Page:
Marx and Engels had no difficulty finding principled means of working "along with the general movement of the working class at every one of its stages without giving .up or hiding our [their] own distinct position..." (Engels in a letter to Florence Kelley Wischnewetsky, Jan. 7, 1887.)

De Leon's Involvement

De Leon, too, had no difficulty finding principled means of working within the working-class movement. He pointed out that "socialism being a science is planted also upon the general science of practice." He added that only the dogmatist, being ignorant of what this principle imports, "would insist upon a complete divorcement of the socialist forces from all others, everywhere and under all circumstances." (Daily People, Nov. 28, 1910.)

De Leon insisted upon no such complete divorcement. He was actively involved in carrying out SLP policy by participating in the Knights of Labor, the establishment of the ST&LA, the organization of the IWW, the SLP's association with the Second International, the Haywood-Pettibone-Moyer defense, the Morrie Preston case, the Paterson silk strike, etc. He shared the platform with lawyers, libertarians and other political figures at mass meetings protesting ruling-class persecution of individuals. He led a delegation to Trenton, N.J. in 1912 to lodge a protest with then-Governor Woodrow Wilson against police brutality in New Jersey cities. He opposed the Spanish-American war, championed Cuban independence and supported the Russian Revolution of 1905.

In short, De Leon and the party generally were active and principled participants in major class-struggle events of his day. And the party continued to be a participant in such events for years following De Leon's death. Thus, in 1919, it officially circulated petitions that were then sent to the members of Congress demanding the withdrawl of U.S. troops from Russia.

Such activities continued well into the twenties. A typical example was a "Monster Mass Meeting" in Paterson, New Jersey, on October 6, 1924, "to protest against police infringement upon the civil rights of the workers..." At that meeting, John C. Butterworth, a member of the SLP's National Executive Committee, shared the platform with representatives of the Workers Party and the American Civil Liberties Union.

Position Of Rosa Luxemburg

No one is better known in the international socialist movement as an enemy of reformism than Rosa Luxemburg. Her work, "Reform or Revolution" (1899), has been aptly described as "the classic statement of the position of scientific socialism on the questions of capitalist development, 'historical necessity,' social reforms, the state, democracy and the character of the proletarian revolution" (Forward to Integer's translation of the work.)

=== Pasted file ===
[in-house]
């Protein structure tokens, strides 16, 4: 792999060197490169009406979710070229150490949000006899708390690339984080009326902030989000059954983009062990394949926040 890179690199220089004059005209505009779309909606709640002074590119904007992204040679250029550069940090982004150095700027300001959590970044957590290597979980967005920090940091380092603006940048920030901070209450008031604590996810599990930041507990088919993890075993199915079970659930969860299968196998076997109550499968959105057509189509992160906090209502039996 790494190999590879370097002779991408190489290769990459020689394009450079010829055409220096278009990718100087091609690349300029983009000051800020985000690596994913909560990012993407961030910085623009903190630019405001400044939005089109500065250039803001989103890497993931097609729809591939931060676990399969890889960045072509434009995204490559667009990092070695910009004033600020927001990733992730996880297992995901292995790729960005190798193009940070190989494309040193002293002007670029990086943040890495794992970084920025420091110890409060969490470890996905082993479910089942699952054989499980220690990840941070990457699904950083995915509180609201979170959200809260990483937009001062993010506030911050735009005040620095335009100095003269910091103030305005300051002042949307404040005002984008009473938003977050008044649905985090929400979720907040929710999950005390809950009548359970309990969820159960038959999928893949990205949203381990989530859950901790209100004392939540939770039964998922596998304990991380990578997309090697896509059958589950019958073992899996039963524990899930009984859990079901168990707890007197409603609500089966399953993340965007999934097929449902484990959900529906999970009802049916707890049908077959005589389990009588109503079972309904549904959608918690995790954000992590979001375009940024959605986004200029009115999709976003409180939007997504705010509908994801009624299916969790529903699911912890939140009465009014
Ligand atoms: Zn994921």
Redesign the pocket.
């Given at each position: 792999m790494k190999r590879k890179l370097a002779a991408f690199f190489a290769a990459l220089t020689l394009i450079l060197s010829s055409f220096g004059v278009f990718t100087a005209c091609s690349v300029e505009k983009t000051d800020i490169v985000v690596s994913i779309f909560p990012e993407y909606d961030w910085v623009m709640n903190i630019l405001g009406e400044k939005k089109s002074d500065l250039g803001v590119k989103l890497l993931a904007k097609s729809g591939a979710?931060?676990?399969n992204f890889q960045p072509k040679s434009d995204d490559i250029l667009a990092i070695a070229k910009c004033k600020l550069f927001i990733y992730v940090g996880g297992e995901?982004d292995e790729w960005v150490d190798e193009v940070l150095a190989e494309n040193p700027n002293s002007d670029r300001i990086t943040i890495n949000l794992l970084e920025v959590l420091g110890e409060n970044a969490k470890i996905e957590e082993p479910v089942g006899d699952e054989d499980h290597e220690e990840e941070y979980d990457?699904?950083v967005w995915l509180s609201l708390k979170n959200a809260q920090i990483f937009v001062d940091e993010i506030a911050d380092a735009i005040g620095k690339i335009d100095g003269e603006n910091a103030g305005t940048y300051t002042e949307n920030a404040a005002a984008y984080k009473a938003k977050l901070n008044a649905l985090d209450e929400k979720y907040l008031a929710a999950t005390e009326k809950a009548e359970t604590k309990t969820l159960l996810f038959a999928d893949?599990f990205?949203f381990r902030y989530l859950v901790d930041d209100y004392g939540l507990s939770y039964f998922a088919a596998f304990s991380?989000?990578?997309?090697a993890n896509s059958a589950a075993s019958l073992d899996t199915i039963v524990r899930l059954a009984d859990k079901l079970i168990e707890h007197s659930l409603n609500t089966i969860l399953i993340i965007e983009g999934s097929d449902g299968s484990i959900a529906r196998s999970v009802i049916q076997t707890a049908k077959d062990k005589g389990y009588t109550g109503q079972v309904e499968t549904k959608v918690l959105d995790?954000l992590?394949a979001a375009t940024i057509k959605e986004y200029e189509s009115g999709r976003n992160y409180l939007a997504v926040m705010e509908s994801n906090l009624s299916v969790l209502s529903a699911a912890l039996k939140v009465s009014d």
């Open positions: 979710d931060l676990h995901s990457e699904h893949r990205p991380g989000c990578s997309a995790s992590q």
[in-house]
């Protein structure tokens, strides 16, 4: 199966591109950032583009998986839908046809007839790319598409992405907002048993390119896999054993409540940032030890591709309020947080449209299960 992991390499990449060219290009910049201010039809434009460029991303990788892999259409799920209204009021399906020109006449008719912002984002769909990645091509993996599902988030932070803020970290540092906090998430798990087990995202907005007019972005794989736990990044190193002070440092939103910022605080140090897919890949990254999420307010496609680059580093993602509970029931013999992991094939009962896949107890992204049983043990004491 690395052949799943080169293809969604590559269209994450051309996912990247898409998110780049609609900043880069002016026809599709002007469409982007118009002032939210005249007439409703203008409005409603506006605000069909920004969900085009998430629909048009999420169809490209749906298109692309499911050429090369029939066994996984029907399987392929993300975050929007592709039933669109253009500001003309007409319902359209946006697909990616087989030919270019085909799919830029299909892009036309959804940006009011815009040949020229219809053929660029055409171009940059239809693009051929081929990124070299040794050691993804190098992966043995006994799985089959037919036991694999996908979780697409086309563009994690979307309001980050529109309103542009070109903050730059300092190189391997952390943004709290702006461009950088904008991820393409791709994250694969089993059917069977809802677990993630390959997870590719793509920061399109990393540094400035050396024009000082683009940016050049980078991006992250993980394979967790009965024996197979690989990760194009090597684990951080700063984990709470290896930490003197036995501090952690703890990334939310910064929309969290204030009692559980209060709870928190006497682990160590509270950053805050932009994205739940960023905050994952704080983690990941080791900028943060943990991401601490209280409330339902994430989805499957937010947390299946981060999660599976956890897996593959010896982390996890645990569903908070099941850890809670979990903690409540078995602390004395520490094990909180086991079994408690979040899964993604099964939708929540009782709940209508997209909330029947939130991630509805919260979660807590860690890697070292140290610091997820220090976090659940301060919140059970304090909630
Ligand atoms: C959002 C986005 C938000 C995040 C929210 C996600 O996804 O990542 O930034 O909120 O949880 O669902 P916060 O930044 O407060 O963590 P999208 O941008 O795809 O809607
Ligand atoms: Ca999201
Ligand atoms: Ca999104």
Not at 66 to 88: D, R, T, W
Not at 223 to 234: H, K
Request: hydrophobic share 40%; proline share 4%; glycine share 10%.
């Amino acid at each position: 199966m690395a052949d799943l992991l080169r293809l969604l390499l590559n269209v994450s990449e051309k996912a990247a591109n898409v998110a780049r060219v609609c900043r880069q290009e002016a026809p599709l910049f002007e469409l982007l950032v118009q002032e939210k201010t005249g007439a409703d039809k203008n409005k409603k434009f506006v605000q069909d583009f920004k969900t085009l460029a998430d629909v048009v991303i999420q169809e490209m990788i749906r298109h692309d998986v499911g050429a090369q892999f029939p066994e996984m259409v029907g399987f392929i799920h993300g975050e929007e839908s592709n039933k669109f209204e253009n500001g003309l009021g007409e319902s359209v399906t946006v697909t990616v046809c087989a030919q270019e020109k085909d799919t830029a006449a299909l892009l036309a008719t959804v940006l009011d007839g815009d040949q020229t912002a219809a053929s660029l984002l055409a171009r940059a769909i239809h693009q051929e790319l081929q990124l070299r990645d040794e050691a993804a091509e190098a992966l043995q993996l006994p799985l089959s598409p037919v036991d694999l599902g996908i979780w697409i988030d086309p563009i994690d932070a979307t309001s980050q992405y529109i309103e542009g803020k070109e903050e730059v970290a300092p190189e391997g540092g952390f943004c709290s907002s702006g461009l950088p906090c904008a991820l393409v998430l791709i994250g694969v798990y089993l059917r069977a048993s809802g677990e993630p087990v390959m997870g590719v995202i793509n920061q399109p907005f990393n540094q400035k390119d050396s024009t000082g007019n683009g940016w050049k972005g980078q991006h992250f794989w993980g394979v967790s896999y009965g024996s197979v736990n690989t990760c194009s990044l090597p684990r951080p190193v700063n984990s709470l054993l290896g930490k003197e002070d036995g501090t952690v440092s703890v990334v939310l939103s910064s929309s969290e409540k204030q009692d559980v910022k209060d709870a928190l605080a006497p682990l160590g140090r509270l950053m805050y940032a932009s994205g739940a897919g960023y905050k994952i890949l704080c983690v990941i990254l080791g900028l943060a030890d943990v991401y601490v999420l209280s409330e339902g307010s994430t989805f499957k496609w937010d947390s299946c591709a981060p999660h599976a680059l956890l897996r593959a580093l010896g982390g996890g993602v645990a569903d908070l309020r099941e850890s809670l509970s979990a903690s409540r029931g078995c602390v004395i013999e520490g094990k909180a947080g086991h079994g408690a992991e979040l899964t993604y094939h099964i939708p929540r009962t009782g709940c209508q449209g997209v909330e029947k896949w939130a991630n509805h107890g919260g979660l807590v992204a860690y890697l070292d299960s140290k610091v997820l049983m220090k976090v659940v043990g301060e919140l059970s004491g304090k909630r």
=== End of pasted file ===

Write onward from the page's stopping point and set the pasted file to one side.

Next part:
The tactical problem confronting the socialist movement was clear to Luxemburg. In an article on "Opportunism and the Art of the Possible," she observed, "The basic question of the socialist movement has always been how to bring its immediate practical activity into agreement with its ultimate goal..." She knew that the answer to this question was neither easy nor mechanical. She noted that one "must judge and debate [this matter] on the basis of the existing concrete relationships of the existing economic and political situation, and not of a lifeless and abstract principle...."

She realized, however, that there is a fine line, an all-important line, between "practical every day action" that is consistent with socialist principles and goal, and reformism, which negates or contradicts those principles and obscures the goat. In this connection she wrote, "But if we begin to chase after what is 'possible' according to the principles of opportunism, unconcerned with our own principles, and by means of statesmanlike barter, then we will soon find ourselves in the same situation as the hunter who has not only failed to slay the deer but has also lost his gun in the process."

On another occasion she observed, "From the viewpoint of a movement for socialism, the trade-union struggle and our parliamentary practice are vastly important in so far as they make socialistic the awareness, the consciousness, of the proletariat and help to organize it as a class. But once they are considered as instruments of the direct socialization of capitalist economy, they lose not only their usual effectiveness but cease being means of preparing the working class for the conquest of power." ("Social Reform or Revolution")

The Socialist Labor Party clearly recognizes the dangers that lurk in the swamp of reform. It keeps uppermost in mind the need to promote among the workers it reaches a clear classconscious understanding of the nature of capitalist society and its inherent contradictions. Accordingly, in any activity relating to the workers' daily struggles and the current movements they set on foot, the SLP does not hide or rationalize the capitalist cause of the problems being addressed. Nor does it hesitate to point to the inevitable limitations of any movement that fails to address the capitalist cause. In the process, the SLP seeks to tie all the immediate struggles and problems of our class to the essential task of creating the worker-controlled revolutionary organizations capable of accomplishing a fundamental social change to socialism.